Mike believed he had a good life and felt lucky for all the things he had. He was married to a loving wife, had a good job, owned a nice house and had three healthy kids.
Despite all his good fortune, Mike could not shake the nagging feeling that he wasn’t enough: “I should be more successful. I should make more money. I should be where my boss is. I should have a graduate degree. I should have a bigger house. I should have more friends.” These were some of the “shoulds” that plagued him daily.
“Could I get you curious about this part of you that feels inadequate?” I asked Mike during our first meeting. “Let yourself travel back in time. How old were you when you first felt ‘not enough?’”
He paused to reflect. “It’s definitely been with me a long time,” he said. “Maybe six or eight years old?”
Mike’s father had become extremely successful when Mike was six years old. Because of his father’s new job, his family moved to an exotic country where no one spoke English. Mike was scared and felt like a stranger. Even though he attended an international school, he had no friends for a long time.
His parents pushed him; they meant well and were trying to encourage him. But feeling scared and overwhelmed by the many changes in his life, he misinterpreted their words as disappointment that he wasn’t enough—it was the familiar feeling he still had today.
We are not born feeling inadequate. Life experiences and emotions create that sense within us in a variety of ways. For example, when we were little, and we felt afraid or anxious, our mind told us something was wrong with us, not our environment. A child’s mind, not yet rational, concludes, “There must be something wrong with me if I feel so bad.” That’s why children who were abused or neglected grow up to be adults who carry so much shame. They likely spent years telling themselves: “I must be bad if I’m being treated badly.”
As adults, armed with education on emotions and how childhood adversity affects the brain, we can understand that feeling “not enough” is a byproduct of an environment that was insufficient. We are in fact enough! Yet to feel more solid, we must work to transform that “not enough” feeling.
One way to transform old beliefs is to work with them as separate parts of ourselves. With some mental energy, we can externalize ailing parts of us and then relate to them in ways that heal old wounds.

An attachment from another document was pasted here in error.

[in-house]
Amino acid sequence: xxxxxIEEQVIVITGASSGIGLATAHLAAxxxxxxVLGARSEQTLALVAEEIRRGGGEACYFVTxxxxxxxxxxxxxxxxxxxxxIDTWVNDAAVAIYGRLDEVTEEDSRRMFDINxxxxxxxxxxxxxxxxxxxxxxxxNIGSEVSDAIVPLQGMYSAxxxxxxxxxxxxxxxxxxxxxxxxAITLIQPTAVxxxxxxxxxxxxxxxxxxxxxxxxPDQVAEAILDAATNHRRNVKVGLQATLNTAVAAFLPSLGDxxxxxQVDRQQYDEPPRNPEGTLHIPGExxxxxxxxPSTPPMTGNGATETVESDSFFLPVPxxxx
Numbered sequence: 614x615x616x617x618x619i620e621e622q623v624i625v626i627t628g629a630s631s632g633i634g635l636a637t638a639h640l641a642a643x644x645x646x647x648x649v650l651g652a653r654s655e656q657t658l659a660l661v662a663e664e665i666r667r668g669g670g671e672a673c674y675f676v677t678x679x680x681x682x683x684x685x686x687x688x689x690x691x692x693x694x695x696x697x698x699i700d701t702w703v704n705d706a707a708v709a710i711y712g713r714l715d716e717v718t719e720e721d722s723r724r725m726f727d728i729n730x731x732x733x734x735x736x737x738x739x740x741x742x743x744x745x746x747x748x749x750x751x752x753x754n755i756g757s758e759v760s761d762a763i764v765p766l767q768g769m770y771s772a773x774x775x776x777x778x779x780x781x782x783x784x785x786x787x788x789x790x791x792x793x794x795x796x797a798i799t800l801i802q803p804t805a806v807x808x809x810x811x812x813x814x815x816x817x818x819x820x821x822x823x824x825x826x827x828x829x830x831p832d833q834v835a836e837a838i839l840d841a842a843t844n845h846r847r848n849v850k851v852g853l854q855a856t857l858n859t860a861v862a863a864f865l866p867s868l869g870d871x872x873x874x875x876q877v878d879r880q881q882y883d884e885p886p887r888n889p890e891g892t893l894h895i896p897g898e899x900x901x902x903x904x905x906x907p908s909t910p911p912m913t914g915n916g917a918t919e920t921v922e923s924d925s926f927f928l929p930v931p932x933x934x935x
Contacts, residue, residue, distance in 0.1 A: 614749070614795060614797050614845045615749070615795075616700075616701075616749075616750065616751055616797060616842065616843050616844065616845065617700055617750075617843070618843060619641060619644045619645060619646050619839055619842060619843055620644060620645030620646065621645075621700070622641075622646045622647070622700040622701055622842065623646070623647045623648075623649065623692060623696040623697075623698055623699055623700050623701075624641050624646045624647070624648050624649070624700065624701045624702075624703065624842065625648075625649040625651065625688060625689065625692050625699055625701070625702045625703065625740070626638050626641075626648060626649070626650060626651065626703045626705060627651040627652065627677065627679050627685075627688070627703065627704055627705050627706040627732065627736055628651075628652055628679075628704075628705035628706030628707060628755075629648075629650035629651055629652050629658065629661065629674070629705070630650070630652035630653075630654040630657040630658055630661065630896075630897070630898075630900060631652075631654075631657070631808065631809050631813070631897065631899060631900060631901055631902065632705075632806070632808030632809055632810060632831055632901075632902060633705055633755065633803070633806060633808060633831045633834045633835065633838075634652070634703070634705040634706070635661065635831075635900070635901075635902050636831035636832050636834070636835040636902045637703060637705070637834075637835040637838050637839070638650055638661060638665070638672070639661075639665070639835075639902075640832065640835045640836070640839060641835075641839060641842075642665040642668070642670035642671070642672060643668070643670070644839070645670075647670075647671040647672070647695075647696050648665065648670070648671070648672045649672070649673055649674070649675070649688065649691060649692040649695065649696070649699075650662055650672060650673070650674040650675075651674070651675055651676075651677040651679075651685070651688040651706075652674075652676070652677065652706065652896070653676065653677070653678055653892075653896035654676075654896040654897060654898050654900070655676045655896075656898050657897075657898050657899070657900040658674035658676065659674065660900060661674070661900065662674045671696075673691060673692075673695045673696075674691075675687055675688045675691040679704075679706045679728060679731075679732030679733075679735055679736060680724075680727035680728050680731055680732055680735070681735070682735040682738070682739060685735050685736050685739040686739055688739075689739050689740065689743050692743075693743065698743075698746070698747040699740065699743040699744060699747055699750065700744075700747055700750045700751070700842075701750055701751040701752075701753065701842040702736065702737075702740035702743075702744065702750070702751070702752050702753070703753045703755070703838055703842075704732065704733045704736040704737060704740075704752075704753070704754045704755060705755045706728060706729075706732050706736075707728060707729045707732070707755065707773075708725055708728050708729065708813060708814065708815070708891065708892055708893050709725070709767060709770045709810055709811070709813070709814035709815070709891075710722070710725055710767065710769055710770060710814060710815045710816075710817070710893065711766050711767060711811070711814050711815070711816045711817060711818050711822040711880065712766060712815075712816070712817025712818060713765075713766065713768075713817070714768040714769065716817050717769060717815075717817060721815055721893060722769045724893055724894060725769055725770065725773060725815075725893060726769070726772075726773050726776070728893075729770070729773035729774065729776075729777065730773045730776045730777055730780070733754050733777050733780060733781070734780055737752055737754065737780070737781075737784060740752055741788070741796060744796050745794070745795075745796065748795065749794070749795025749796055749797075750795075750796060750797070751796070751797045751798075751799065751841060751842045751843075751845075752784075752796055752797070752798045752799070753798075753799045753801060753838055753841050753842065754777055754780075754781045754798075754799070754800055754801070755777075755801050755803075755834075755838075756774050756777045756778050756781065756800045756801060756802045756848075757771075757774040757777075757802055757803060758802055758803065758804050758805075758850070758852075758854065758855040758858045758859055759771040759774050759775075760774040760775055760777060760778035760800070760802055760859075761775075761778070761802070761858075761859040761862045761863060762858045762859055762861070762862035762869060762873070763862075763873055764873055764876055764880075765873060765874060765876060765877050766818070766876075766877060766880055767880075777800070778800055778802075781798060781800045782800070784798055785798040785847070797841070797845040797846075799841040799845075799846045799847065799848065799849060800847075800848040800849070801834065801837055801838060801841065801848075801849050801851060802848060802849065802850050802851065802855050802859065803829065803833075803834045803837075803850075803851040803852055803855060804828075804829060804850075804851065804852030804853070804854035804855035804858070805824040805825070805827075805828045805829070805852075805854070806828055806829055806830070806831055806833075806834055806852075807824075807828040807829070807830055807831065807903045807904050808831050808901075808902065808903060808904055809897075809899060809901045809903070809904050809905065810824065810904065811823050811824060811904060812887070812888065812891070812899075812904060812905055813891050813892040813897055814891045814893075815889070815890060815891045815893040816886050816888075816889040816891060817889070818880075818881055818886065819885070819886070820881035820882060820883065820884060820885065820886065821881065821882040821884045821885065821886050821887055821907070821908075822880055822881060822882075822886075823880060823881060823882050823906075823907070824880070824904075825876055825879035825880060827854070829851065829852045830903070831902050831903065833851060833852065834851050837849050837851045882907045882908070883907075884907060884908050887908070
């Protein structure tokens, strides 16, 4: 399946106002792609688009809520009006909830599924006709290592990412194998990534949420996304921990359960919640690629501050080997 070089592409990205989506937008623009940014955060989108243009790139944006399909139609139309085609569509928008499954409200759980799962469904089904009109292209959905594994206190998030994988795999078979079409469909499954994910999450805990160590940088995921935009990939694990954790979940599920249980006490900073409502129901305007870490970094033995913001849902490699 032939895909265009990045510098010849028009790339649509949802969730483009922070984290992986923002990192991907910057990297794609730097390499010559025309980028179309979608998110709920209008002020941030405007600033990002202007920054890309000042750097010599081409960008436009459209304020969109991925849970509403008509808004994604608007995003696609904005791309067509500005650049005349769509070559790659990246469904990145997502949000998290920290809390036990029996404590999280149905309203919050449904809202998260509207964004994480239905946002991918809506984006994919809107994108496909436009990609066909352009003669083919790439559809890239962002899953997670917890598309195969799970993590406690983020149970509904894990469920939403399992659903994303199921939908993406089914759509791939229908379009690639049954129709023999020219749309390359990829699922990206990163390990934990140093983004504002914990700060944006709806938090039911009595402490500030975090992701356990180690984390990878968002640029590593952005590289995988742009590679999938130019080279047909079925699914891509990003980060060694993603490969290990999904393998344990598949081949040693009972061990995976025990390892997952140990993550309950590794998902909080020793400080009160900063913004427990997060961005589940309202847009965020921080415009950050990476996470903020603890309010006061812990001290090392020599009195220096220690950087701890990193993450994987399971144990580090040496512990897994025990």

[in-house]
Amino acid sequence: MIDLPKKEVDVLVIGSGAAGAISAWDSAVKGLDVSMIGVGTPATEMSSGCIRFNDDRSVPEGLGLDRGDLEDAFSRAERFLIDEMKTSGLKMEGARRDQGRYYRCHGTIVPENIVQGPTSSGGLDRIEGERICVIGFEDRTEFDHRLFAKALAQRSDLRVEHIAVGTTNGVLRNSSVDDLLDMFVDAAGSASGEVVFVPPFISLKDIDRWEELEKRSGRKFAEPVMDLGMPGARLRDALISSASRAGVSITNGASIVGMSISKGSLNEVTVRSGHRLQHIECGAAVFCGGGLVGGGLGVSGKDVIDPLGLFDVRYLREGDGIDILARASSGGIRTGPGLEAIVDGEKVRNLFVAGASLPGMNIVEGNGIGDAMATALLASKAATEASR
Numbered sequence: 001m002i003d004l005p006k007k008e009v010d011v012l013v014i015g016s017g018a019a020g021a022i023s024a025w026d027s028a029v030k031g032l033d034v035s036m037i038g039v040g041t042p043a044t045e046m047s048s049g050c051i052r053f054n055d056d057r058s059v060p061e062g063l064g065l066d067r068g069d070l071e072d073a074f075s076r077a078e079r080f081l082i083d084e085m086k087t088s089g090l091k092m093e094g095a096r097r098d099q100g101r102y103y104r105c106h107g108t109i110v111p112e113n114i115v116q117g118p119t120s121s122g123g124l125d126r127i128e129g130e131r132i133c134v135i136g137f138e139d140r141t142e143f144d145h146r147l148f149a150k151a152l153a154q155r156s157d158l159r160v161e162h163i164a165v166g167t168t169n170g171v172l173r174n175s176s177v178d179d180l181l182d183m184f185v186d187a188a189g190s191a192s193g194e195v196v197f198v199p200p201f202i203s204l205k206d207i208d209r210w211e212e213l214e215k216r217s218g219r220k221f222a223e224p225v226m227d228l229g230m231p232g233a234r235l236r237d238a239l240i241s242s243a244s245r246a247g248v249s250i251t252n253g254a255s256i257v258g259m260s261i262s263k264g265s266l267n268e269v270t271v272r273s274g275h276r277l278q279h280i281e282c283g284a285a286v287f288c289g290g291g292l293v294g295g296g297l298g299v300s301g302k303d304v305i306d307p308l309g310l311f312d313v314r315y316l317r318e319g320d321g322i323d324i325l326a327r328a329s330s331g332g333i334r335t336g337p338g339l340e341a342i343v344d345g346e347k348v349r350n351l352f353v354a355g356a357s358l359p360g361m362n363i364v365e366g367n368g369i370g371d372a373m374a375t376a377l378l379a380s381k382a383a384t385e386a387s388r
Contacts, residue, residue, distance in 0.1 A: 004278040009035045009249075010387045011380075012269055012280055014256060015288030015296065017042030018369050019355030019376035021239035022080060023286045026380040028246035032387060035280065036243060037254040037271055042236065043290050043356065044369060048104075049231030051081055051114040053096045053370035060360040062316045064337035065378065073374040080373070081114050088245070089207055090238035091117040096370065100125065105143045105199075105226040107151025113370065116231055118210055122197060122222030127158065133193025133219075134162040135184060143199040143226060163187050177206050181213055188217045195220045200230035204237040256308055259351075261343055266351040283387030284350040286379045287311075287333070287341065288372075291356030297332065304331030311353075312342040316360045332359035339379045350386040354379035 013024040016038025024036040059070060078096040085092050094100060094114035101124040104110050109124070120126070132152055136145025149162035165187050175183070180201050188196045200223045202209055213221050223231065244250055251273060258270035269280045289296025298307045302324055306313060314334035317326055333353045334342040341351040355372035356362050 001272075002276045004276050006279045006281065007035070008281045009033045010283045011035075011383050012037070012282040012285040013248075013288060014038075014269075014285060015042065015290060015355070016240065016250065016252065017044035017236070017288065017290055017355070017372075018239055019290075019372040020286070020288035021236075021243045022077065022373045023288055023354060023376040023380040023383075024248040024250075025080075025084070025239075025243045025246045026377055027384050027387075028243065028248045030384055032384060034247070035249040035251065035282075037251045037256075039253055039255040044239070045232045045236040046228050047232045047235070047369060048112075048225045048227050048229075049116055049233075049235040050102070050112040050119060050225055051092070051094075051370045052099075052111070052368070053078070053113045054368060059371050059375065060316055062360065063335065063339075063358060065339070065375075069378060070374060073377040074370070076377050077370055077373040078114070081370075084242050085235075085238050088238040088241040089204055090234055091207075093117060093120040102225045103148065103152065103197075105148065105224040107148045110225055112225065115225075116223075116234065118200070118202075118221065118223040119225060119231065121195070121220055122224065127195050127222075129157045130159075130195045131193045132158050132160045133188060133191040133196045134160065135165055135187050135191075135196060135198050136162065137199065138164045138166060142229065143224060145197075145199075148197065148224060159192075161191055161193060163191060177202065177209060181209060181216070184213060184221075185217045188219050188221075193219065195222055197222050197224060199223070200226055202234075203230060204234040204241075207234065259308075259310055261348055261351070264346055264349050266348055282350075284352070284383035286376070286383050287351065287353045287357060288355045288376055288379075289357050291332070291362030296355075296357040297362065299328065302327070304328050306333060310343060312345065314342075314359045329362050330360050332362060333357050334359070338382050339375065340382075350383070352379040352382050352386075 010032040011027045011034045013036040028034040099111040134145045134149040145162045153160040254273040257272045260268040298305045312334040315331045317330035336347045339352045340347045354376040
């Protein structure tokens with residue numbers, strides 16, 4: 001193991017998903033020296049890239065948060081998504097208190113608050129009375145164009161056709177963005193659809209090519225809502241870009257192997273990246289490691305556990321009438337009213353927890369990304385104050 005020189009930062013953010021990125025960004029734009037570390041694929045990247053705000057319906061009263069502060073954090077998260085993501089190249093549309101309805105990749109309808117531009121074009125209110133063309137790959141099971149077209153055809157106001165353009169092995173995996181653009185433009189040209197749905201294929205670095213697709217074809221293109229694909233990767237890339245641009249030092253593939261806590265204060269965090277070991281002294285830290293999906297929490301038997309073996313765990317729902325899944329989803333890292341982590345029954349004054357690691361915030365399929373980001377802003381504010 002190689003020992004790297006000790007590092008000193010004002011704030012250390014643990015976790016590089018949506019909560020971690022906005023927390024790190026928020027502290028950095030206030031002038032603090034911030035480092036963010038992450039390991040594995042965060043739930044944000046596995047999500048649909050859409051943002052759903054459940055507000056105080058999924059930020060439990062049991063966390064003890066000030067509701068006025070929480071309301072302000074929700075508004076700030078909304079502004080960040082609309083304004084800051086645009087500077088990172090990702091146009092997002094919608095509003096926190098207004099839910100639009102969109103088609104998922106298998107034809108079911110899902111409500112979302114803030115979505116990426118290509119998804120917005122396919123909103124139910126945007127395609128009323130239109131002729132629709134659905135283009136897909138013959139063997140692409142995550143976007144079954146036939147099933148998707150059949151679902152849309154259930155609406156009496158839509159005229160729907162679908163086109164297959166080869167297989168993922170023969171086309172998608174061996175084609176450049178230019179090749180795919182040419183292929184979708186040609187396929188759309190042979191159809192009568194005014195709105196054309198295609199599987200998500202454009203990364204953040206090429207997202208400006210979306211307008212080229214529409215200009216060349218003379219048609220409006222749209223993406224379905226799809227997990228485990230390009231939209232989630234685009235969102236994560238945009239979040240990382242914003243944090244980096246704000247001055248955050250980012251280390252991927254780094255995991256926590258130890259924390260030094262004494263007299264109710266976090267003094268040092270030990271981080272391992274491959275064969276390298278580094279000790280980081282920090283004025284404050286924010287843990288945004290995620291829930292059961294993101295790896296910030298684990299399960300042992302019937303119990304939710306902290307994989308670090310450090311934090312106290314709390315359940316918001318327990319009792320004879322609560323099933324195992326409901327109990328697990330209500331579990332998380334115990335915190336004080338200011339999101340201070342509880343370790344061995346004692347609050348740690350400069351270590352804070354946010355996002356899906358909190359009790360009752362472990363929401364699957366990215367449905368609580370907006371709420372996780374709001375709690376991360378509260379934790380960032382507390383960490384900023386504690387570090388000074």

For example, I asked Mike, “Can you imagine that the 6-year-old boy inside you, who feels ‘not enough,’ is sitting on my sofa over there so we can be with him and try to help him?”
With practice, Mike learned to connect, listen and communicate with that part of himself. Offering compassion to the child inside himself helped him feel much better, even though he had struggled with the concept initially.
Since emotions are physical sensations, another way to work with wounded parts is through the body. Mike learned to recognize how “not enough” physically felt. “It’s like an emptiness—like a hole inside. I know I’ve been successful at times, and I believe my family loves me. Emotionally, it doesn’t feel that way at all. Good stuff comes in, but it goes right through me like a bucket with a hole. I’m never filled.”
To help patch the hole in his bucket, I helped Mike develop his capacity to hold onto good feelings by noticing them. “If you recognize and validate your accomplishments, what does that feel like inside?”
“I feel taller,” said Mike.
“Can you stay with the feeling of being taller for just ten seconds?”
Like a form of training, he built his capacity to experience positive feelings. Going slowly, we practiced noticing sensations associated with pride, love, gratitude and joy—getting used to them a little at a time.
What Else Can We Do To Help The Parts Of Us That Feel “Not Enough?”
- We can remind ourselves again and again that our feelings of “not enough” were learned. It’s not objective fact, even when it feels so instinctually true.
- We can connect to the part of us that feels bad and offer it compassion, like we would for our child, partner, colleague, friend or pet.
- We can practice deeply belly breathing, five or six times in a row, to calm our nervous system.
- We can exercise to get adrenaline flowing and create a sense of empowerment.
- We can remember this very helpful phrase: “Compare and Despair!” When you catch yourself making comparisons to others, STOP! It only hurts, by fueling feelings and thoughts of “not enough.”
In the long run, we heal the parts of us that feel inadequate by first becoming aware of them. Once aware, we can listen to them and try to fully understand the story of how they came to believe they were “not enough.” Over time, by naming, validating and processing the associated emotions both from the past and present, “not enough” can become enough.
(Patient details are always changed to protect privacy)
Hilary Jacobs Hendel, LCSW, is the author of It’s Not Always Depression (Random House & Penguin UK), a book which teaches both the general public and psychotherapists about emotions and how to work with them to feel better. She received her BA in biochemistry from Wesleyan University and an MSW from Fordham University. She is a certified psychoanalyst and AEDP psychotherapist and supervisor. She has published articles in The New York Times and professional journals. Hendel was also the Mental Health Consultant on AMC’s Mad Men. She lives in New York City. For more information and free resources for mental health visit: https://www.hilaryjacobshendel.com/